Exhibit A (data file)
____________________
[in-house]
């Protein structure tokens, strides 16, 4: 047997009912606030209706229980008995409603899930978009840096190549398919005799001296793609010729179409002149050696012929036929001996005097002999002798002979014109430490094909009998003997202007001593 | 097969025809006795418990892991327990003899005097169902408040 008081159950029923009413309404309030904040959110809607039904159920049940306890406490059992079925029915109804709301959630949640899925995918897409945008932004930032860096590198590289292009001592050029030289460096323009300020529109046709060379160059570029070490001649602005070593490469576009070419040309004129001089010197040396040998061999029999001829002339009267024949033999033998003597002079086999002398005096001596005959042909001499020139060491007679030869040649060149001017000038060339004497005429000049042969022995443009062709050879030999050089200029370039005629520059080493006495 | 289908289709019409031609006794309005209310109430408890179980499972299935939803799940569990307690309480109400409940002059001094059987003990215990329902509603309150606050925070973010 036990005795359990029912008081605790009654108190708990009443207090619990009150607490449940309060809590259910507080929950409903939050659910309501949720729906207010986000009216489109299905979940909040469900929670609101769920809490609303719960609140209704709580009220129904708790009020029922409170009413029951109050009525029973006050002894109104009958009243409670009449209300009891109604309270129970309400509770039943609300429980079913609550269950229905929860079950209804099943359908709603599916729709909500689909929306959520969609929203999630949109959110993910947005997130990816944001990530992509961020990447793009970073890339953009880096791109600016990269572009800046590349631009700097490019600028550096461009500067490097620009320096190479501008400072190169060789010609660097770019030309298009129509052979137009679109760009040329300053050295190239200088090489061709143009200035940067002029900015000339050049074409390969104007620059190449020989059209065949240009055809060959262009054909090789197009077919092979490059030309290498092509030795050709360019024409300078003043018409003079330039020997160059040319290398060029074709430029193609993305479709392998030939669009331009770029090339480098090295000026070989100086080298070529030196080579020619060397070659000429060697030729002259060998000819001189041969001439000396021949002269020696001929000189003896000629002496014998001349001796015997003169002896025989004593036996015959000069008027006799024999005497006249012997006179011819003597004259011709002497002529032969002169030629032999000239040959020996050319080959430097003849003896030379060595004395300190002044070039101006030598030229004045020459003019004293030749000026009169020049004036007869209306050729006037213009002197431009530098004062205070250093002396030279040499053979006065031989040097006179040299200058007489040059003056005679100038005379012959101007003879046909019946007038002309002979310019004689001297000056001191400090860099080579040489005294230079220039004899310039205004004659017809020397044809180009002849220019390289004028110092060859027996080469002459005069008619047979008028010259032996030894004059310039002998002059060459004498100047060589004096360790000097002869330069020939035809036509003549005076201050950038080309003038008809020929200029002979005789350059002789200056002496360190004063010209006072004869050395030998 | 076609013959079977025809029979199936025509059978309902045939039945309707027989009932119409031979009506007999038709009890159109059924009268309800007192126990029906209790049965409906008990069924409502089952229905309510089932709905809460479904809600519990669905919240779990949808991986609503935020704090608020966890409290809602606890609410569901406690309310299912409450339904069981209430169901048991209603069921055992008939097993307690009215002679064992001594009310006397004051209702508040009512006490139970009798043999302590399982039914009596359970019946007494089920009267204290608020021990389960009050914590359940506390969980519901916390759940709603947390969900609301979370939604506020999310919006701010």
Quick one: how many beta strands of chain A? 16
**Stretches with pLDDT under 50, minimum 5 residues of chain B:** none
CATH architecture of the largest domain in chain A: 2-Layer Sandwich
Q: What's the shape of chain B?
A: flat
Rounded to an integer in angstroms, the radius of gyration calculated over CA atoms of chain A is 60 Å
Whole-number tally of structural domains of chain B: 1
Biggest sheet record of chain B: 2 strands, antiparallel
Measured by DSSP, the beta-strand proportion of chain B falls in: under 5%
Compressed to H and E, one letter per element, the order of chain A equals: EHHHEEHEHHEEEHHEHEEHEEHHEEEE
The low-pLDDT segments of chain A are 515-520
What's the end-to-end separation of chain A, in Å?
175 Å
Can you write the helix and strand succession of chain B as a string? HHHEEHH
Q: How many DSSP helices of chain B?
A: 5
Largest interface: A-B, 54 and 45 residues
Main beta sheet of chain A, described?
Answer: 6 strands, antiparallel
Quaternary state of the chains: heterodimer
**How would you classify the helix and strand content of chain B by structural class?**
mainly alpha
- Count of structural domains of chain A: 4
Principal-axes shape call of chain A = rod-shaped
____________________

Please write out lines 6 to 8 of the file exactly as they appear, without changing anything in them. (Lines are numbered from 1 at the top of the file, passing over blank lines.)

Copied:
Q: What's the shape of chain B?
A: flat
Rounded to an integer in angstroms, the radius of gyration calculated over CA atoms of chain A is 60 Å